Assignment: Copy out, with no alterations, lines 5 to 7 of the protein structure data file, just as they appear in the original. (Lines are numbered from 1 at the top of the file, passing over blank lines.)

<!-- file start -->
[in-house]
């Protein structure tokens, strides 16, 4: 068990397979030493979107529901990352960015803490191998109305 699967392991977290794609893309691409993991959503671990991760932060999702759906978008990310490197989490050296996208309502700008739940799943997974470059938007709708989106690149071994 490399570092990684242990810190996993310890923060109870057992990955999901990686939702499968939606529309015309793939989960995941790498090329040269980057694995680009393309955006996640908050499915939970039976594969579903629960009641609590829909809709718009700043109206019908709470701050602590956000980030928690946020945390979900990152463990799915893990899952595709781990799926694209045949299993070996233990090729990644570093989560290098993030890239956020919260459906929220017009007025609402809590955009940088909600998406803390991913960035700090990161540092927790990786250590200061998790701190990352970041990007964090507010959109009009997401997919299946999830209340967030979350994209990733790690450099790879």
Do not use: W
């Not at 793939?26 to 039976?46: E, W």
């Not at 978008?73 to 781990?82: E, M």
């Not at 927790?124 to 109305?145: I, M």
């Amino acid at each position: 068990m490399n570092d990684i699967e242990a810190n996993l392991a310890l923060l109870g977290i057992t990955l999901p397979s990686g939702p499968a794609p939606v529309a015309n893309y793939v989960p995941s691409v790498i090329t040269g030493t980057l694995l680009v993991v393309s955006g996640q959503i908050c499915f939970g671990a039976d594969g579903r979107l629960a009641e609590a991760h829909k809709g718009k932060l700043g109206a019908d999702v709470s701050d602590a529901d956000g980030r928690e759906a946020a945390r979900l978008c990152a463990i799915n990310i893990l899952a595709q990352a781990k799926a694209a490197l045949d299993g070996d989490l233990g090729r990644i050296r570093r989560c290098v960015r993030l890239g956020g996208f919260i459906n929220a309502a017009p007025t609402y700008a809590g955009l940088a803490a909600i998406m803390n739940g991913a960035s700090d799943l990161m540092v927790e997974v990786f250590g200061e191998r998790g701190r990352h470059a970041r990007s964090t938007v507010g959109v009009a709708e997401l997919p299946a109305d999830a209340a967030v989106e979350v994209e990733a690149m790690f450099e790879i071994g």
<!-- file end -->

């Not at 978008?73 to 781990?82: E, M």
């Not at 927790?124 to 109305?145: I, M």
């Amino acid at each position: 068990m490399n570092d990684i699967e242990a810190n996993l392991a310890l923060l109870g977290i057992t990955l999901p397979s990686g939702p499968a794609p939606v529309a015309n893309y793939v989960p995941s691409v790498i090329t040269g030493t980057l694995l680009v993991v393309s955006g996640q959503i908050c499915f939970g671990a039976d594969g579903r979107l629960a009641e609590a991760h829909k809709g718009k932060l700043g109206a019908d999702v709470s701050d602590a529901d956000g980030r928690e759906a946020a945390r979900l978008c990152a463990i799915n990310i893990l899952a595709q990352a781990k799926a694209a490197l045949d299993g070996d989490l233990g090729r990644i050296r570093r989560c290098v960015r993030l890239g956020g996208f919260i459906n929220a309502a017009p007025t609402y700008a809590g955009l940088a803490a909600i998406m803390n739940g991913a960035s700090d799943l990161m540092v927790e997974v990786f250590g200061e191998r998790g701190r990352h470059a970041r990007s964090t938007v507010g959109v009009a709708e997401l997919p299946a109305d999830a209340a967030v989106e979350v994209e990733a690149m790690f450099e790879i071994g």